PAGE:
NBA Top Shot: How the Virtual Sports Memorabilia Platform Works

NBA Top Shot isn't as abstract as it sounds. Here's how the virtual trading card platform works. What role do NFTs play on the platform?

Rachel Curry - Author

Mar. 31 2021, Updated 12:08 p.m. ET

A company called Bowman Gum produced the first NBA trading cards in 1948. Now, more than six decades later, virtual trading cards are taking off on NBA Top Shot.

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The platform doesn't involve just trading one card for another or spending mere dollars on a collectible item. NBA Top Shot functions with the help of NFTs (non-fungible tokens)—a cryptocurrency that's taking the digital art world by storm.  

NBA Top Shot and NFTs: A burgeoning relationship

Instead of trading with dollars (a fungible, or tradable, currency), the most valuable NBA Top Shot purchases use NFTs on the blockchain to keep track of the collectible digitization. So far, the platform has incurred $460 million in sales over the course of 3 million transactions. That's huge, especially for a company that's still in open-beta mode. 

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How NBA Top Shot works

On NBA Top Shot, digital trading cards are called "moments."

The moments are given a designated rarity level:

  • Common: More than 1,000 digital copies, available for purchase in Common Packs starting at $9 for nine moments
  • Rare: 150–999 copies, available in Rare Packs starting at $22 for seven common moments and one rare moment
  • Legendary: 25–99 copies, available in Legendary Packs starting at $230 for six common and three rare moments, plus one legendary moment 
  • Platinum Ultimate: three copies, available through marketplace auction
  • Genesis Ultimate: one copy, available through marketplace auction
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As you can imagine, these auctions get pricey, which is how a moment of LeBron James dunking went for $200,000.

Dapper Labs gives NBA Top Shot legitimacy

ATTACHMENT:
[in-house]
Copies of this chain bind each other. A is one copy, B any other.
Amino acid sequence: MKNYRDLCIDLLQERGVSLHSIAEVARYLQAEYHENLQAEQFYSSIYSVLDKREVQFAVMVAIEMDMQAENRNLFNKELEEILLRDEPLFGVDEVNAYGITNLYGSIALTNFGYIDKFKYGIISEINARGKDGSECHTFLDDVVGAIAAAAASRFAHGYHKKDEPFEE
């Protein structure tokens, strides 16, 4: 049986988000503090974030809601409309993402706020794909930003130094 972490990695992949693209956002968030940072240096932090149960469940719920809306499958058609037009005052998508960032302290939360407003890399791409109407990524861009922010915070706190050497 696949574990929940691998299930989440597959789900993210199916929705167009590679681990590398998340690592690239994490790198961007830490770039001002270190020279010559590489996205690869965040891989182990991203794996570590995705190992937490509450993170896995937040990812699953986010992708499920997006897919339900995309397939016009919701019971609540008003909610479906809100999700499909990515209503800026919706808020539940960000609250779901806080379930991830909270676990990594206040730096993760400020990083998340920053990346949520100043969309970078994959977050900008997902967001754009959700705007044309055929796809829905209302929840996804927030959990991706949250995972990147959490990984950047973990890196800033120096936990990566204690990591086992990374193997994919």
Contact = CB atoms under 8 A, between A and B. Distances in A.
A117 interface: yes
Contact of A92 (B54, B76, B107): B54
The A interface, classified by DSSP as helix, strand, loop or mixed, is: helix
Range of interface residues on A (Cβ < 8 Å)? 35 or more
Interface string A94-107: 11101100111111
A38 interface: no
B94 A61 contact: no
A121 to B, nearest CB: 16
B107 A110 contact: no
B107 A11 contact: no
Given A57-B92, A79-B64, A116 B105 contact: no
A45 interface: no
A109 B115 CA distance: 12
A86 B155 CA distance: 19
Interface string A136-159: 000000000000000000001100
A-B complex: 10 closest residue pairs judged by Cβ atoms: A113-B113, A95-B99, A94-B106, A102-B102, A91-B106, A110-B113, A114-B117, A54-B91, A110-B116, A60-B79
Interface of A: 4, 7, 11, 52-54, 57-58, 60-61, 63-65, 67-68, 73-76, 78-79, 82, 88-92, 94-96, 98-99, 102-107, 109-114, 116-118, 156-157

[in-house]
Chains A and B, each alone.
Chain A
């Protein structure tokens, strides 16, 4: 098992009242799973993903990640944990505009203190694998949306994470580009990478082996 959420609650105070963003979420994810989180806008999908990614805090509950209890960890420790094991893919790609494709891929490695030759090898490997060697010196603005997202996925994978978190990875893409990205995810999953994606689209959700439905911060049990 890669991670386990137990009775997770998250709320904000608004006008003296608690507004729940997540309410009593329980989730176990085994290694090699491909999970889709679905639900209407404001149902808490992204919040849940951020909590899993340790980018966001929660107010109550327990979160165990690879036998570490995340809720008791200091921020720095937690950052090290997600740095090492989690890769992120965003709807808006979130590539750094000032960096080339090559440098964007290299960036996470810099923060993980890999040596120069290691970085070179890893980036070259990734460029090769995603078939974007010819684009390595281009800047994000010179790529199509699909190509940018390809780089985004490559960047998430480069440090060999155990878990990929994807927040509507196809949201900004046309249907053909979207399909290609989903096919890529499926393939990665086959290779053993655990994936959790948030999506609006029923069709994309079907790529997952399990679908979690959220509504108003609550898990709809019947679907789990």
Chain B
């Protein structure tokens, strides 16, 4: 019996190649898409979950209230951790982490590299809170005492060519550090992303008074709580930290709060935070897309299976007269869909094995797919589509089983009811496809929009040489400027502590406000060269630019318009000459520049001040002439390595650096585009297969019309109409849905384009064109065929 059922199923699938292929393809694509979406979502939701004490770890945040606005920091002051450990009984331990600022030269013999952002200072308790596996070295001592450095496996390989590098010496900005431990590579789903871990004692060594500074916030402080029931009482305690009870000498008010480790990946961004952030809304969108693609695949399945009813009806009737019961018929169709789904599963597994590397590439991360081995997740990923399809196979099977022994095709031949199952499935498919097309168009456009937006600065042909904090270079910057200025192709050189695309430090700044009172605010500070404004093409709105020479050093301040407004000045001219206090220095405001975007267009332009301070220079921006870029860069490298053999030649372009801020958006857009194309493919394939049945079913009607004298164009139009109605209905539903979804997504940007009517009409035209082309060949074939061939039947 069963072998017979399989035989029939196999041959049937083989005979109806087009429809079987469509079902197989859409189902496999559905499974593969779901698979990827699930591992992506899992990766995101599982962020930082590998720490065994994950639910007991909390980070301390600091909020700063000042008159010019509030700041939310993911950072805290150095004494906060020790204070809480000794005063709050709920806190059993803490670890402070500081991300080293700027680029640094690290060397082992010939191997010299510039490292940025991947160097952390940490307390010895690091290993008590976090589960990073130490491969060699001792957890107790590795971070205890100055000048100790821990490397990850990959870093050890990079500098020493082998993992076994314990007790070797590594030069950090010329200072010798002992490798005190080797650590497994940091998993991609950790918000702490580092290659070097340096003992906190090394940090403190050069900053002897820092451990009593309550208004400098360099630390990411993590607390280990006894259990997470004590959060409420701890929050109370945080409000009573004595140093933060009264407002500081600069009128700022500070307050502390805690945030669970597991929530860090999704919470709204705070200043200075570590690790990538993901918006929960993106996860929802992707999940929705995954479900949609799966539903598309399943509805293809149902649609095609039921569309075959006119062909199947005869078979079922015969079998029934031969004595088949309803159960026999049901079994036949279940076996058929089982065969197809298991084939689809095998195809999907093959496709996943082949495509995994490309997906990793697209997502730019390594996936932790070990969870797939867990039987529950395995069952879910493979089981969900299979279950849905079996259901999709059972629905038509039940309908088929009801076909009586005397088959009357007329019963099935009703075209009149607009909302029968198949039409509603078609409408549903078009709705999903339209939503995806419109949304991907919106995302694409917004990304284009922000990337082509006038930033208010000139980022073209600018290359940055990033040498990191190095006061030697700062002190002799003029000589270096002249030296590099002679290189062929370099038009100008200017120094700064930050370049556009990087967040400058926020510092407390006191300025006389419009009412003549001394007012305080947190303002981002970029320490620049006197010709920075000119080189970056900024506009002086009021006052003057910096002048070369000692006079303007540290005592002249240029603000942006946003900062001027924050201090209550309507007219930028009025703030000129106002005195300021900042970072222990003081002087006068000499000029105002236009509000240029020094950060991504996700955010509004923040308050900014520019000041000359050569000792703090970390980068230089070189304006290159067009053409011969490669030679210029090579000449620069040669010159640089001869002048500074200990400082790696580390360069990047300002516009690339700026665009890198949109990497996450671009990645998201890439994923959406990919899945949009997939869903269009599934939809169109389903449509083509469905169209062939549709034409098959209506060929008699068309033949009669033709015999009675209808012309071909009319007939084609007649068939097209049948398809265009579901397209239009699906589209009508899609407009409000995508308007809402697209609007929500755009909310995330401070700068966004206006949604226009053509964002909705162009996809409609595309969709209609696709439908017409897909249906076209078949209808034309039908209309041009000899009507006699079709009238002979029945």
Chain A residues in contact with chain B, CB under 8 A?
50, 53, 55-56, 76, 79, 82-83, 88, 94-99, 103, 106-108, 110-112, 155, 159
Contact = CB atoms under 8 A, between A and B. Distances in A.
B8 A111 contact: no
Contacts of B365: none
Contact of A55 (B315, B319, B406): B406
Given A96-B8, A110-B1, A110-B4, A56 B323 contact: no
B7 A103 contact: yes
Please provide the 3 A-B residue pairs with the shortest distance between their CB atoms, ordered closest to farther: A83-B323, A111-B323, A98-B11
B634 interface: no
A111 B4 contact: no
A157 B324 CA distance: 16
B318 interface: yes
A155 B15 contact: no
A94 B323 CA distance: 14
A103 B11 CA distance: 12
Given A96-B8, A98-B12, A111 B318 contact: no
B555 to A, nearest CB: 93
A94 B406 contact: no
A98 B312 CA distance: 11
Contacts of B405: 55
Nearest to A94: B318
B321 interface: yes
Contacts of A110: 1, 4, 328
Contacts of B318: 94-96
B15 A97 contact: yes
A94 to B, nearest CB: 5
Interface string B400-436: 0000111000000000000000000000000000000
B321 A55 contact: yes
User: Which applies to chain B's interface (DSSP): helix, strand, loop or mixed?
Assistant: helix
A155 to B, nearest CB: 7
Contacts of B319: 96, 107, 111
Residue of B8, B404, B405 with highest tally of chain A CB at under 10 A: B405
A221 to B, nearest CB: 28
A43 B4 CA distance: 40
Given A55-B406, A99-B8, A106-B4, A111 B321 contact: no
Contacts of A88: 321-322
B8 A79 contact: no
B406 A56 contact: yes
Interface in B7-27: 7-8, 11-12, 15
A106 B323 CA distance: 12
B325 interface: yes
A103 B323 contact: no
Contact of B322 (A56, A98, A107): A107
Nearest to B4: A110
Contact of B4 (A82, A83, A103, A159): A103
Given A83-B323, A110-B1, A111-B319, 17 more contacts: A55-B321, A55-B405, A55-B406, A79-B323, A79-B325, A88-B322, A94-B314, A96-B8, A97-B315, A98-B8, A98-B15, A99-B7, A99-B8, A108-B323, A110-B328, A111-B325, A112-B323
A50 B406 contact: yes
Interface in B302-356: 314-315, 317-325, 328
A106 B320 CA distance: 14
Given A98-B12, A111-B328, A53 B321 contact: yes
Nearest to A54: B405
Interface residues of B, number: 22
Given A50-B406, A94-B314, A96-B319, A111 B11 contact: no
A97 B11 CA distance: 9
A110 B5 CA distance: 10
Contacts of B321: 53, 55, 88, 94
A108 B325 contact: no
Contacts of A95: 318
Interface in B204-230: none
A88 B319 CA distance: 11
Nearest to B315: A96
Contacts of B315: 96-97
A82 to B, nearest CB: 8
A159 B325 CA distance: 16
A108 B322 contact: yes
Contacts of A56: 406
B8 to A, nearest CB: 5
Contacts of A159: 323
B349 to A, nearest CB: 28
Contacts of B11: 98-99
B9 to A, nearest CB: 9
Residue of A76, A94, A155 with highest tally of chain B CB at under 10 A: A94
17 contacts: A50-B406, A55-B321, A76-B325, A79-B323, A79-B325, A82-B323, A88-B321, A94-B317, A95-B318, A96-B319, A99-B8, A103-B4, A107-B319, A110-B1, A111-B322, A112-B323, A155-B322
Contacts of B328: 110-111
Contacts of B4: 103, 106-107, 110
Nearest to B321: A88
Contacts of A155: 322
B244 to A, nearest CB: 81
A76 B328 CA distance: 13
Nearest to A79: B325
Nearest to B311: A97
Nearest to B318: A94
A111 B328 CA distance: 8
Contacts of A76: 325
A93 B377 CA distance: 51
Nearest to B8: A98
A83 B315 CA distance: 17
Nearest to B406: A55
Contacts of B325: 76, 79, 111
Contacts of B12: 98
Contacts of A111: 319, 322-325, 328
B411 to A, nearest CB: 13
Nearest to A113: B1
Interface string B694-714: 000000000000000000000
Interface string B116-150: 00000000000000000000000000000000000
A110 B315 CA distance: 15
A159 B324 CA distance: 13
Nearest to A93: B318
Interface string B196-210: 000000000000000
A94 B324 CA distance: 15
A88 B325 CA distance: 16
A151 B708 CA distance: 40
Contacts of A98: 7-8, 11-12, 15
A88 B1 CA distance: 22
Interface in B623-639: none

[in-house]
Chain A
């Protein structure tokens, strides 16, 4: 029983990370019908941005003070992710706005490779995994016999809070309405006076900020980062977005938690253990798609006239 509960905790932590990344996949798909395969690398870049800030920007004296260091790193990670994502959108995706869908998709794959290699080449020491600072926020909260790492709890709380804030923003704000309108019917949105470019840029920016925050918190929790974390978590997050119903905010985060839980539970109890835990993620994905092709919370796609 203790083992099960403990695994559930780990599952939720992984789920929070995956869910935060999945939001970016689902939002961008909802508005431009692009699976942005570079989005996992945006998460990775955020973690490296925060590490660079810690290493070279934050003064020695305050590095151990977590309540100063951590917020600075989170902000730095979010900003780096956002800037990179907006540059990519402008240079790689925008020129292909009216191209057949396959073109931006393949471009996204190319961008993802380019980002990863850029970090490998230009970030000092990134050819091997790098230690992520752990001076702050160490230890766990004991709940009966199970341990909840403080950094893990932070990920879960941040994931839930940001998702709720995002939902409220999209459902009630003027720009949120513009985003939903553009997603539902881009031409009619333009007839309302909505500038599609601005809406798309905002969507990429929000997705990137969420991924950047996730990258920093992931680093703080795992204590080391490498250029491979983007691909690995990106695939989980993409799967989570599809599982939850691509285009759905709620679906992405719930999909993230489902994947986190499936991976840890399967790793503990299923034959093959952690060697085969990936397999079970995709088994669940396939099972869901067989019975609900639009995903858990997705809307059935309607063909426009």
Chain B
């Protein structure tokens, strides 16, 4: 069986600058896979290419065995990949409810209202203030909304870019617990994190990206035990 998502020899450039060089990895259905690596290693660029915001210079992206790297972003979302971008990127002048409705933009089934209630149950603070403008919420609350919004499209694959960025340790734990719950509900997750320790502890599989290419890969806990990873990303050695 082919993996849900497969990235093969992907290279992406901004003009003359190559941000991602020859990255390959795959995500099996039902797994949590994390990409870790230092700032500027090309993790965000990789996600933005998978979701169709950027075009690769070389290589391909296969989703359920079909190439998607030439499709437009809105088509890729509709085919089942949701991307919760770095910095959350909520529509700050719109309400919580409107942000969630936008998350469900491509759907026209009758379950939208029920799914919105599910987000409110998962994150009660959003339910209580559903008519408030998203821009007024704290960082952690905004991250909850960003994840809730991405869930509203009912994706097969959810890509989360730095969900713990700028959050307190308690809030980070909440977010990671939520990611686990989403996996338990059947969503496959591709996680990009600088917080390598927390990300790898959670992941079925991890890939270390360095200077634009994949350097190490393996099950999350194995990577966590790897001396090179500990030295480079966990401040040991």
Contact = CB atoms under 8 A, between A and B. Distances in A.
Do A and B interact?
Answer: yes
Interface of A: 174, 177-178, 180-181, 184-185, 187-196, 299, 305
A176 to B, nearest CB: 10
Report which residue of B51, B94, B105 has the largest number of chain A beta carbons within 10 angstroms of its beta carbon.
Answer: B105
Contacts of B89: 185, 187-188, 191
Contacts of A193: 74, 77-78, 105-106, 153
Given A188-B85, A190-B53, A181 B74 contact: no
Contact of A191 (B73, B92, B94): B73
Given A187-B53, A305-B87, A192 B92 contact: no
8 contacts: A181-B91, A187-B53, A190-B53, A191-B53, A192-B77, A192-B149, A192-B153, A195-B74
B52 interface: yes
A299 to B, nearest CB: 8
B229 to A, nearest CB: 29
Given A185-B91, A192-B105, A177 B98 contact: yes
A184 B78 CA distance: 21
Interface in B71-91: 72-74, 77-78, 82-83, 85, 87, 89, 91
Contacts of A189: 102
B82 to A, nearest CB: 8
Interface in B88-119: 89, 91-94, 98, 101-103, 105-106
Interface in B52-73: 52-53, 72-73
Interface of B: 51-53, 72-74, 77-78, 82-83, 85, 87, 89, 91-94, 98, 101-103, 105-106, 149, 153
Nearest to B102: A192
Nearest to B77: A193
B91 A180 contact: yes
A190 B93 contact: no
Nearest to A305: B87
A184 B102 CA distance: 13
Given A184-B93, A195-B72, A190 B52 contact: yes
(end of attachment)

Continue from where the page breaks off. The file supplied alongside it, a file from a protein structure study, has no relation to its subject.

NBA Top Shot was created in part by a startup called Dapper Labs. The company worked in tandem with the NBA and the National Basketball Players Association to bring the platform to fruition. 

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According to Forbes, Dapper Labs recently conducted a $305 million private funding round. The round was led primarily by Coatue—a venture firm focused on tech. However, a lot of big names in the NBA realm have also thrown a hand in, including Kevin Durant and Klay Thompson. Michael Jordan and Will Smith have invested as well.

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Dapper Labs actually profits a full 5 percent from all of the trades conducted on NBA Top Shot, so the company has plenty to gain from the NFT platform's success. In fact, recent success and funding alike have propelled the startup into a unicorn (a startup with a valuation of at least $1 billion). Dapper Labs' current valuation sits at $2.6 billion. Eventually, Dapper Labs hopes to expand into other sports leagues. 

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NBA Top Shot packs are bought in dollars.

Not all NBA Top Shot purchases are done through NFTs. The platform uses dollar-value purchasing for its more common offerings and leaves the actually rare moments up for NFT auction.

Other sports NFTs like NBA Top Shot

NBA Top Shot doesn't have a monopoly on the market. There's also OpenSea, which has more than $80 million in sales and contributes digital sports memorabilia among other NFT-friendly moments. CryptoSlam is another one using the Ethereum blockchain as well.


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